Each organization has its own background perceptions, ethics, values, history, and ambitions. Therefore, a “one size fits all” change management process may not work in every organization. We must assess and adapt our process to fit the backgrounds and philosophies of each organization.
Given this understanding, we need to research and assess when, and if, an organization is ready for change, and then adopt a process to best facilitate the change process. Choose a Middle Eastern organization at which you are currently working or one in which you are familiar. (If neither is possible, conduct an internet search to identify a Middle Eastern organization which has gone through a transformation process within the last three years.) Then address the following:
Provide a brief summary of the organization (its history, culture, industry, product, and services).
Explain why a change was needed. What is the gap between the present state and the desired future state?
How strong is the need for change?
What is the source of this need? Is it external to the organization?
If the change does not occur, what will be the impact on the organization in the next two to six years?
Explain the change process that was created and implemented, identify the outcome of the change in terms of success, failures, cultural outcomes, and human resource changes.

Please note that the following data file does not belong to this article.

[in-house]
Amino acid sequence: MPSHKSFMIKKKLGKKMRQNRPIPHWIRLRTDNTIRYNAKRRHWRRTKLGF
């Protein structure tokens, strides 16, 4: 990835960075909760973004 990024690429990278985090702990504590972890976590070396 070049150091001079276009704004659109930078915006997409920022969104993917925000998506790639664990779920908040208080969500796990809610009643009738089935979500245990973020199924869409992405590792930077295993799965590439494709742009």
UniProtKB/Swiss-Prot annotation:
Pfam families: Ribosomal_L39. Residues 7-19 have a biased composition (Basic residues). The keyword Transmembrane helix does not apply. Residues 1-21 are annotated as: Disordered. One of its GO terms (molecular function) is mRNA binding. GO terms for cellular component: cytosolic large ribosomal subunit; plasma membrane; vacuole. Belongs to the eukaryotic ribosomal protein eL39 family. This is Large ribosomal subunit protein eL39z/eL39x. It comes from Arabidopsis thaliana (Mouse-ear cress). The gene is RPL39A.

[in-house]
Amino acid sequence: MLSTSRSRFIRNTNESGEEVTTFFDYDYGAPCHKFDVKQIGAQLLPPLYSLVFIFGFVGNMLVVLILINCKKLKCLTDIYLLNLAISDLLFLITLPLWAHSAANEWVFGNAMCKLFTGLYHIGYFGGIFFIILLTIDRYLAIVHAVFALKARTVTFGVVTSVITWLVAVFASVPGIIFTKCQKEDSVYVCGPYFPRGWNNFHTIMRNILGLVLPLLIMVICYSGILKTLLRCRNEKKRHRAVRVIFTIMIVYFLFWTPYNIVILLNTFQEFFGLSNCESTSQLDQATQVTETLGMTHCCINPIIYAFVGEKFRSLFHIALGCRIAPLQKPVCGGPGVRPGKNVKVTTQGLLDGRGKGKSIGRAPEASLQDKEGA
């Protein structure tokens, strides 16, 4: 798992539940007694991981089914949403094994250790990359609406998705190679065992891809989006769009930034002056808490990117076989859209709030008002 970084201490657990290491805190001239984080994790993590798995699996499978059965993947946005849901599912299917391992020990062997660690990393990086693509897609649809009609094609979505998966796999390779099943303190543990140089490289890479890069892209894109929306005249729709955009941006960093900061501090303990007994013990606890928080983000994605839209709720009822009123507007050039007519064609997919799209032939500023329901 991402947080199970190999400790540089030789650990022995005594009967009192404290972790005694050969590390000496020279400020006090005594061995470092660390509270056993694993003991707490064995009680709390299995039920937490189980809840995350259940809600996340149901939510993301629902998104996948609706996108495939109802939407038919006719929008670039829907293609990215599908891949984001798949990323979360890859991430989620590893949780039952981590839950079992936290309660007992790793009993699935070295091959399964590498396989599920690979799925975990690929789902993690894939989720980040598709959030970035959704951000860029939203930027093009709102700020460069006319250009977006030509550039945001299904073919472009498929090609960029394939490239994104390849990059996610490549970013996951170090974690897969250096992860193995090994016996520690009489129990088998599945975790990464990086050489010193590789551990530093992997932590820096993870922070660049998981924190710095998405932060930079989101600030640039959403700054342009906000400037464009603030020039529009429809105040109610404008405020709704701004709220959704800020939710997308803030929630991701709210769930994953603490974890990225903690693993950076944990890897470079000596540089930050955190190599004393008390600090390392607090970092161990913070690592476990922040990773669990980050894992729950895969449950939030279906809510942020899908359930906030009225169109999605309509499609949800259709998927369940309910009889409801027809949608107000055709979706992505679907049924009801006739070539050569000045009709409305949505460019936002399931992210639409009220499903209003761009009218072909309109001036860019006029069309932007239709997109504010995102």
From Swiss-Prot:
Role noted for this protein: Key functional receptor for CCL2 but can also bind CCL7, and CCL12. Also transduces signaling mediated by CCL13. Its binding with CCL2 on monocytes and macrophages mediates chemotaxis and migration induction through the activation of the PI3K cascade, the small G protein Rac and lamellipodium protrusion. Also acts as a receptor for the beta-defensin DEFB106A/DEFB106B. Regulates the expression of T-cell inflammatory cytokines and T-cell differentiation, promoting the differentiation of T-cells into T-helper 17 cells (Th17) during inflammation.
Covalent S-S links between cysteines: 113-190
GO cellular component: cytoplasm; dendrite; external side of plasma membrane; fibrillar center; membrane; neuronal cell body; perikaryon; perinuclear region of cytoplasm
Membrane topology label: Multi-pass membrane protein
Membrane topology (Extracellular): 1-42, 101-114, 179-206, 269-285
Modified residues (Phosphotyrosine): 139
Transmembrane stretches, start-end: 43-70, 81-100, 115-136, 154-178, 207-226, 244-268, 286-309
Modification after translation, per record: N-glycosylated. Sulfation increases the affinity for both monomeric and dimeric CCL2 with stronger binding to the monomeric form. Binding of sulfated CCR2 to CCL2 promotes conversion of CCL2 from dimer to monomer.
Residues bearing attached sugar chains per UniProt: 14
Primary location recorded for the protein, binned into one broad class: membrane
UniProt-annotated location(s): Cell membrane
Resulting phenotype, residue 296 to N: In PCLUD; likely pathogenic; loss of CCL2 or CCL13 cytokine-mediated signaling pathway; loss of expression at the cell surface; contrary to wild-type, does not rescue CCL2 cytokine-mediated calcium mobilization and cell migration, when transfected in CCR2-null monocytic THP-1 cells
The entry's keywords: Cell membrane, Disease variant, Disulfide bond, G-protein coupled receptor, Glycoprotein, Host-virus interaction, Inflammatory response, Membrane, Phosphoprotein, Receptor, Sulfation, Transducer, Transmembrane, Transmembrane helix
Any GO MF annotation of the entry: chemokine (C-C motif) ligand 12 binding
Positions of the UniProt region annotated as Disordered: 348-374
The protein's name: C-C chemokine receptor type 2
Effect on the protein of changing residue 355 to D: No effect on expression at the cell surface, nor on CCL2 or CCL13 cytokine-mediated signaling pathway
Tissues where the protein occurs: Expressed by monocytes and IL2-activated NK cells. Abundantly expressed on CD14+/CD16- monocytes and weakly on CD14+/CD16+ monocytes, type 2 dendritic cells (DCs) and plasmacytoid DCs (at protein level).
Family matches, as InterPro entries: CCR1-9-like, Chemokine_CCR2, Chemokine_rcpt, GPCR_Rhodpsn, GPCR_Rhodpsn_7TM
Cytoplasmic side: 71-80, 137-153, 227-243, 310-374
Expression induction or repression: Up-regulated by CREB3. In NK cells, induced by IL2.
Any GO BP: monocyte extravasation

Human Services to set a benchmark price for clinically comparable drugs that are interchangeable. Though these changes may produce more cost-effective medication, a drawback may be the lack of market diversity. Rather than having one pharmaceutical company dictating the price, the federal government is dictating the price thus creating a lack of competition. Having one body dictate everything may create tensions between pharmaceutical companies and the government; thus, change might not be made at all. Next, pharmaceutical companies spend a substantial amount of money on marketing rather than research. At this point, we are unaware of the exact cost breakdown of pharmaceutical company revenue. There is no requirement for documentation to show the difference between profits, money used for marketing, and money used for research. Often times, marketing costs are categorized into research funds. By enforcing transparency, we may have better insight into the way drug prices are set and can determine whether set prices are justified. For the past 20 years, leading drug companies earned more than 70% of their sales from products they did not develop. More transparency with prices and clinical outcomes would allow physicians, patients, and payers to understand the true value of a treatment. Ultimately, transparency is about ensuring patients have access to the drugs they need, and creating a sustainable, vibrant, and innovative healthcare system for everyone. However as with our previous proposal, we took into consideration potential drawbacks to having drug pricing transparency. If we become stricter with the way finances are reported, pharmaceutical companies may in turn resort to increasing drug prices, leading to an additional rise in costs and spending. If manufacturers are required to disclose drug pricing, the process of gathering and disseminating this information may become time intensive and potentially result in less profitability to the manufacturer (ncbi article). A decrease in profitability may cause a decline in innovation and the desire to conduct innovative research.>GET ANSWER